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VIC Deed of release sexual abuse Catholic Church

Discussion in 'Personal Injury Law Forum' started by MartyJ, 9 August 2017.

  1. MartyJ

    MartyJ Member

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    As part of a settlement following a 'Towards Healing Process' in Victori, I was forced to sign a deed of release in order to obtain the compensation.

    During the negotiation process, I stated many times that I was not willing to sign such a deed.

    I was informed, after divulging all my personal information including how close I was to financial incapacity (bankruptcy), that the only way the Diocese would pay was if I signed such a deed. I was also informed that I this would make no difference to my ability to revisit the process if the limitation laws changed.

    Last year I found out that the statute of limitations had changed in Victoria and approached the Diocese seeking some help. This was refused and I was basically told to go away as I was breaching the deed that I signed.
    Do I have an ability to challenge such a deed? If so what firm would be best to speak with?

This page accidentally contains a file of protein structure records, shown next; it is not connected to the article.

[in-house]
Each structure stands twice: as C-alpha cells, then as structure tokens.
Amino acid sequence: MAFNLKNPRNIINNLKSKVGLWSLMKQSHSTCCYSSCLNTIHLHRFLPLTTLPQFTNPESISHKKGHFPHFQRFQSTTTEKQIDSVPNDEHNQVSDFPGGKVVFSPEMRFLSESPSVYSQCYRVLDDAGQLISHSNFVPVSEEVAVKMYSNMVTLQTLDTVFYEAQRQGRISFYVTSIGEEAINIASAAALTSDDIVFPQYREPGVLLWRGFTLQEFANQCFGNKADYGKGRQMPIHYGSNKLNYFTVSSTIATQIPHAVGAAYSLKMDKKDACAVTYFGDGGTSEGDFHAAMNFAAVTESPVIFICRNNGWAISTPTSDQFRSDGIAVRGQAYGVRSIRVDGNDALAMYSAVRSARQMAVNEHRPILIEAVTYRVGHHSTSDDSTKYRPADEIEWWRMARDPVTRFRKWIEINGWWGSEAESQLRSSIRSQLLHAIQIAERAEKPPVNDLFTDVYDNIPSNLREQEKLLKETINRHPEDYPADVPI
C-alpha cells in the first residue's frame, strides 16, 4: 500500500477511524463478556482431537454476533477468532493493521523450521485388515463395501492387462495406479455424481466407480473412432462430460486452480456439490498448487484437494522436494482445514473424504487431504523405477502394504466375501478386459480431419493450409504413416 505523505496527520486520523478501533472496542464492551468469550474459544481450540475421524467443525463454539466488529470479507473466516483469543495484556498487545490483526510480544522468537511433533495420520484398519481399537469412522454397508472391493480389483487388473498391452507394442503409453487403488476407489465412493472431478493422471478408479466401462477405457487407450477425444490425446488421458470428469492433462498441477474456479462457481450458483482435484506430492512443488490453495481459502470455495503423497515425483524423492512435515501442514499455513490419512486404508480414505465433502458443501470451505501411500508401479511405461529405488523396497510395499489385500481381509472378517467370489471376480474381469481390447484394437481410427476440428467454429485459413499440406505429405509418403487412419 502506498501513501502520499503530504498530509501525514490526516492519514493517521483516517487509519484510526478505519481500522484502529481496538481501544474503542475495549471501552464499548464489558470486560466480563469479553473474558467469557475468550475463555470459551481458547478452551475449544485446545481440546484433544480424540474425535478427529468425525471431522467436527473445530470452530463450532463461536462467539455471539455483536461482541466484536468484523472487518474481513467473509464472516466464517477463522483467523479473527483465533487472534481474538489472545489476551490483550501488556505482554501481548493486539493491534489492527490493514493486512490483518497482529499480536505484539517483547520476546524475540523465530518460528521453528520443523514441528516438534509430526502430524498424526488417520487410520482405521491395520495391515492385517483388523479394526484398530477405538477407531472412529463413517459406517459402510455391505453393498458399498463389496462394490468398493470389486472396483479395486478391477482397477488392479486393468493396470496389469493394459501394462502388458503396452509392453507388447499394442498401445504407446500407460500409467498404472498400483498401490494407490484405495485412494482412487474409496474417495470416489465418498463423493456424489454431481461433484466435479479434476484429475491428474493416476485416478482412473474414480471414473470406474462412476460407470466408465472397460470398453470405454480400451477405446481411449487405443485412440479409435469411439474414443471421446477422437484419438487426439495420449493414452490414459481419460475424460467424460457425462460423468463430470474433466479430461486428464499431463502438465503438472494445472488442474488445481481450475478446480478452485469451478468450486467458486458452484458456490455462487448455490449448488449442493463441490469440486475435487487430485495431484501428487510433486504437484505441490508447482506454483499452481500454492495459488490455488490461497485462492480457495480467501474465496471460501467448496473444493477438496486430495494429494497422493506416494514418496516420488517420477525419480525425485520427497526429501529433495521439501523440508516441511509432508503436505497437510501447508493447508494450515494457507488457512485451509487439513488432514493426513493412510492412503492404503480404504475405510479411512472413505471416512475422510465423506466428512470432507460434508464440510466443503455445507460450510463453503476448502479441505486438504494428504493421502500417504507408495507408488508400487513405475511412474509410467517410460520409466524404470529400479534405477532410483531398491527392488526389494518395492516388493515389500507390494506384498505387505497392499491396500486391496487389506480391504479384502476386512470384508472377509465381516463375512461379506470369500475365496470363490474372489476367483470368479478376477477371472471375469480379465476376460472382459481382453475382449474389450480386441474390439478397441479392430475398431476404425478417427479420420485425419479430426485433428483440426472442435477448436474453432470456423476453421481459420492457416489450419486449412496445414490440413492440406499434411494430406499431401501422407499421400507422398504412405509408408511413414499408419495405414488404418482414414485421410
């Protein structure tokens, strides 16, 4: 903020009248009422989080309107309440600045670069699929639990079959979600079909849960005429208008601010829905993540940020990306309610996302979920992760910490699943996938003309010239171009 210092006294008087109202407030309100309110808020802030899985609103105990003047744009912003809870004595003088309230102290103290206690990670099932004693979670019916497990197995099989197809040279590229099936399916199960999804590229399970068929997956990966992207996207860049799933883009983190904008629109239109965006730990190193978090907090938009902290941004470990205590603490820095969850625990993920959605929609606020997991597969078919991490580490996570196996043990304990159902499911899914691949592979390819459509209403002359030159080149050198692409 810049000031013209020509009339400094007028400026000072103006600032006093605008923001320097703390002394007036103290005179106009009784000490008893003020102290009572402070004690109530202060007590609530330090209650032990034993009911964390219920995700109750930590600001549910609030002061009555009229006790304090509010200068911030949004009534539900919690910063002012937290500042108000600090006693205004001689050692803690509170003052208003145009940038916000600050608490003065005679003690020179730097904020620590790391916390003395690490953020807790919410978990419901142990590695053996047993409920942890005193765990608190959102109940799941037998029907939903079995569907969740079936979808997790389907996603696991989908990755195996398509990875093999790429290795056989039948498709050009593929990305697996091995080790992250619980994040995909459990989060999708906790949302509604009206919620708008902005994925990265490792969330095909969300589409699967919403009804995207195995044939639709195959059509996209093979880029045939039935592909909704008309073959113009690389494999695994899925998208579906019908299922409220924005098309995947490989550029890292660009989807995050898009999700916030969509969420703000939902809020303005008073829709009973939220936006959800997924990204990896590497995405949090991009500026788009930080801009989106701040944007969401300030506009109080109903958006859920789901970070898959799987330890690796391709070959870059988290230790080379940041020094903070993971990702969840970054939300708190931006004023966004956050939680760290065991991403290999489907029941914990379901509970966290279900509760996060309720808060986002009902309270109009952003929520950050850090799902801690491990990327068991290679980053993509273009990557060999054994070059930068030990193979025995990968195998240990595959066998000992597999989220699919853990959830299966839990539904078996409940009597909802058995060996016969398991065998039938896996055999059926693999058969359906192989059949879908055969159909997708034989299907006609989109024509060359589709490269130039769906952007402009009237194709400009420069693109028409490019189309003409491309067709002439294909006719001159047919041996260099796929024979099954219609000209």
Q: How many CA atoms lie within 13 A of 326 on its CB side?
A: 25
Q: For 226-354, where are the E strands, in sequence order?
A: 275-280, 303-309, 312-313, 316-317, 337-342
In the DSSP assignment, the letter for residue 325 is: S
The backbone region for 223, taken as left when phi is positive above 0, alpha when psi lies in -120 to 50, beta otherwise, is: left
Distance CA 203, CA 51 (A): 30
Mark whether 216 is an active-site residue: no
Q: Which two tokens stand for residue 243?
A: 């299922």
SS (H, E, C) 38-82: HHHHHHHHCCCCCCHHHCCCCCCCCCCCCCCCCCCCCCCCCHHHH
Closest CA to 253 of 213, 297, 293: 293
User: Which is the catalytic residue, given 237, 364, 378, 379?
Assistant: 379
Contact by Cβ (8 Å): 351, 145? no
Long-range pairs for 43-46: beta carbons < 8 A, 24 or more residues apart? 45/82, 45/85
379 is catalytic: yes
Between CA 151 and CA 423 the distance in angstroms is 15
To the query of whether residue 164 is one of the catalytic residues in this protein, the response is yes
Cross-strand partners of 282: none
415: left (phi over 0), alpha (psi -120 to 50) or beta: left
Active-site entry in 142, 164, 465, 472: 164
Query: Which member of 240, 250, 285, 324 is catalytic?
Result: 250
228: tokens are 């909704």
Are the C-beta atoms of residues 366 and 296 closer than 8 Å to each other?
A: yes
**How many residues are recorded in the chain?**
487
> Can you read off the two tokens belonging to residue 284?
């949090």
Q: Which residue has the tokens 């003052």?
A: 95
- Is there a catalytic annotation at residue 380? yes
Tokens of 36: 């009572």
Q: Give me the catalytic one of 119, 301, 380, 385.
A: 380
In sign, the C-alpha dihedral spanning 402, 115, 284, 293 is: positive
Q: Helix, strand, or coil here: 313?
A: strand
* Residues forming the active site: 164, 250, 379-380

The refusal of assistance compounded along with other factors and caused me to lose my house due to an inability to pay my mortgage. The settlement that I originally agreed to was predicated on the fact that the statute effectively barred me from suing for damages in court. Do I have any options to revisit?
     
  2. Tim W

    Tim W Lawyer
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    You can start by having a conversation with police
    about the criminal acts by the priest(s).
    Documents you signed years ago, under duress,
    do not impede criminal investigations.

    That does not mean that the priests involved
    will automatically and immediately go to gaol.
    But it does mean that whatever you signed back when,
    will not block the police from working.